"It's much better to be the person who's smashed a project out of the park." Five minutes with Emre Ramazanoglu

8 Nov 2019
 Emre Ramazanoglu smiling, seated at sound desk

Over a successful career, drummer, producer, mix engineer and composer Emre Ramazanoglu has performed and sequenced drums for some outstanding music tracks and worked with some of the biggest names in pop, including Lily Allen, Mark Ronson and Richard Ashcroft. He most recently produced Noel Gallagher's High Flying Birds album Who Built the Moon?

We caught up with Emre during a visit to Winchester when he worked with students from the BA (Hons) Music and Sound Production and BA (Hons) Popular Music: Production and Performance degree programmes, alongside programme leader Dr Niall Thomas.

What have you been doing here today at the University of Winchester?

I've been hosting a masterclass for students on different aspects of music production and mixing. I threw the ball in their court to see what they wanted to do.

What got you interested in making music as a career?

That's all I've done, ever. I started off playing drums when I was about 13 or 14 years old. I remember sitting upstairs in the house playing and thinking: 'That's what I want to do.' And that was it. It made school much easier, because that was all I wanted to do. And that hasn't changed.

 Emre Ramazanoglu at drum kit, talking to students

You've had a very interesting career path: what was the break that got you where you are today?

I moved into a place in Kentish Town, London, which was near an old friend, who at the time was living with a band who were doing very well. The drummer in the band got ill and I dep'd for him and then he recommended me to a great producer called Jim Abbiss. I joined Jim's band as a programmer and drummer and that kicked everything off from that point. It was just a bit of luck.

Do you have a different approach depending on whether you're producing, composing, mixing or engineering?

They are all intrinsically different, so yes. But I guess the main thing is being sensitive to what my role is: how creative I'm being paid to be often and how much that's needed, that's the main difference in approach. It's working out what people actually want from me and then how much that is useful and how much it could help if I wasn't like that. Navigating all of that is the key.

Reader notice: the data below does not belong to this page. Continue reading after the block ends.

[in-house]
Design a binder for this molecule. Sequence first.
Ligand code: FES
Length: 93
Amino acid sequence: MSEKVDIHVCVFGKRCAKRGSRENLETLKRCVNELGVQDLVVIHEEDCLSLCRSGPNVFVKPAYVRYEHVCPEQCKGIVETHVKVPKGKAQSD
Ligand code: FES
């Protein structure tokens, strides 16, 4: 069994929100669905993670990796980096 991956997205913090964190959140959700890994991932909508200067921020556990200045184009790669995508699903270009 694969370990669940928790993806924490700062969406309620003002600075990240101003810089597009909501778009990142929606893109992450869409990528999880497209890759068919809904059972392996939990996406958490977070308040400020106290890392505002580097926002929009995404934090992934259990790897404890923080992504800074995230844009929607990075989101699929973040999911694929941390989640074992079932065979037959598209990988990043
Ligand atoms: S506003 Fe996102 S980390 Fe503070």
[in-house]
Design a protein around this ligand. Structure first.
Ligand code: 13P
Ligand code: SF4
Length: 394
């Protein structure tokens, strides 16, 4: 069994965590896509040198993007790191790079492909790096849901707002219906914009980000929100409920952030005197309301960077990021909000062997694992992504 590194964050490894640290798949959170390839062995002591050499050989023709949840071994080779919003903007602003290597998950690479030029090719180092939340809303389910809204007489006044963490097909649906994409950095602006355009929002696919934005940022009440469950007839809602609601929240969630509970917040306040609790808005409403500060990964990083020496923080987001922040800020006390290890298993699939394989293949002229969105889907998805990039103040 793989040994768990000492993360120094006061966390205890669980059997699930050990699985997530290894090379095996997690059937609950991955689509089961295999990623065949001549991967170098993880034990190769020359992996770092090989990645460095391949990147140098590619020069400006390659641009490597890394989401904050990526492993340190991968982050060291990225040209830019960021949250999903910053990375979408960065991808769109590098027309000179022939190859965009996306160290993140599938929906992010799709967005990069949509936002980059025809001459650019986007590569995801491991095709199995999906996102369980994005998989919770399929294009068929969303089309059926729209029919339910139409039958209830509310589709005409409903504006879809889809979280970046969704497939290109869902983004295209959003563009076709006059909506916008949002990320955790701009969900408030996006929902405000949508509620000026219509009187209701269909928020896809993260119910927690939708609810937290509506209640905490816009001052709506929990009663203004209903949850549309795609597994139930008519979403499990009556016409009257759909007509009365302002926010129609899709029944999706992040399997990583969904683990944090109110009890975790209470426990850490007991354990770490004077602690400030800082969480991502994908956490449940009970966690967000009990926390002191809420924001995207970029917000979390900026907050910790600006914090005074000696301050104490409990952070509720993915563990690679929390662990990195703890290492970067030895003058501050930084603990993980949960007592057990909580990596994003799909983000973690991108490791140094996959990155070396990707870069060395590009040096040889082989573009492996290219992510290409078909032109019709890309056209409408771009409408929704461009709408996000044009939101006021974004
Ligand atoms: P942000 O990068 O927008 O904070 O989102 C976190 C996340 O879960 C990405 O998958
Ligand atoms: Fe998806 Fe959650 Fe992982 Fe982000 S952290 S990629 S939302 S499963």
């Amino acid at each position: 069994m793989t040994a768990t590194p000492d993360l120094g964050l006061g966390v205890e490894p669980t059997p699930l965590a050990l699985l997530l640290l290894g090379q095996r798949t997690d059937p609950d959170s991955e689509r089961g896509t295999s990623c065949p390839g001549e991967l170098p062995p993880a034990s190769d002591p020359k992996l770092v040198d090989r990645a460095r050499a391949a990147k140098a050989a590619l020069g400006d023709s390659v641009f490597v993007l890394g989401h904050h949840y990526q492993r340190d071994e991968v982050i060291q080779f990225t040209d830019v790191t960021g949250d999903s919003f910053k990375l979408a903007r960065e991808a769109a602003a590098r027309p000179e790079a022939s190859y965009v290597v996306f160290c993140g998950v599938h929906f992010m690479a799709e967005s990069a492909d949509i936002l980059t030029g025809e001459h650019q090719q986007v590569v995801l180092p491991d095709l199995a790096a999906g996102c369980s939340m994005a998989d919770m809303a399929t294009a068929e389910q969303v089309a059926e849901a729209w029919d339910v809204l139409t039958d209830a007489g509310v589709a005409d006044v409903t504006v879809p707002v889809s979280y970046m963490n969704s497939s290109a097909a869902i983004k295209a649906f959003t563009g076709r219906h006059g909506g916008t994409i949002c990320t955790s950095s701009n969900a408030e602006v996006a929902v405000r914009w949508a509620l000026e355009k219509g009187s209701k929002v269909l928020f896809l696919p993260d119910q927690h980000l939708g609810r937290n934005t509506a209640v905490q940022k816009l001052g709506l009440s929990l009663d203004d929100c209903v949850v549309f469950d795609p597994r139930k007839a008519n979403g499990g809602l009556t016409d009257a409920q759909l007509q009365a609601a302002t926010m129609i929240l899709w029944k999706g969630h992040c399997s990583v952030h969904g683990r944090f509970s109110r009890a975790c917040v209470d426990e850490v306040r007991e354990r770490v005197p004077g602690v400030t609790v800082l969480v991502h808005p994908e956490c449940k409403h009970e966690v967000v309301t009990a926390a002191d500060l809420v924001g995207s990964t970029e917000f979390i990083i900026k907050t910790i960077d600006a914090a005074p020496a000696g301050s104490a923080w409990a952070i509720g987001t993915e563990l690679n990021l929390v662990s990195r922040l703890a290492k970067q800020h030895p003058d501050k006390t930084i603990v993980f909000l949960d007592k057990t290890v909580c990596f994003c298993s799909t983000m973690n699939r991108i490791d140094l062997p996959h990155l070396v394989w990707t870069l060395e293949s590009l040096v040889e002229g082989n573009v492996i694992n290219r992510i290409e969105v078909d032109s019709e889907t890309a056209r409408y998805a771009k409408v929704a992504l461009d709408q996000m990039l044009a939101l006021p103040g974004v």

You've worked with some of the most iconic musicians and singers in popular music: does anyone in particular stand out for you?

This is a brilliant question to cop out on! No artist gets to be big without being interesting. They are all interesting, wildly different and unique and none of them are boring - like everybody really. Maybe some aren't as involved in their own music or some are - they are all fascinating because they've been given this amazing opportunity to reach so many people.

Students seated in sound booth listening to Emre Ramazanoglu

What advice would you give to the students you've met at Winchester today who want a similar career to yours?

Develop a project yourself: make something you really like and that you like the sound of, because that will help you get somewhere. Decent or terrible - put it out!

That's the thing that was much harder to do when I was starting out, but now I would put out stuff and if it's rubbish, people will forget and you'll do something better. Just do it, because people's attention span is tiny now. They won't remember - you'll be fine. And people tend to remember and respect people who have done loads of stuff themselves, even if you have to practice and fail loads of times.

That will teach you more than anything else, rather than starting out making tea in a studio. That's the path for some people, but it's much better to be the person who's smashed a project out of the park. I was asked the other day by a senior executive: "Can you make it more like you?" That was the best thing.

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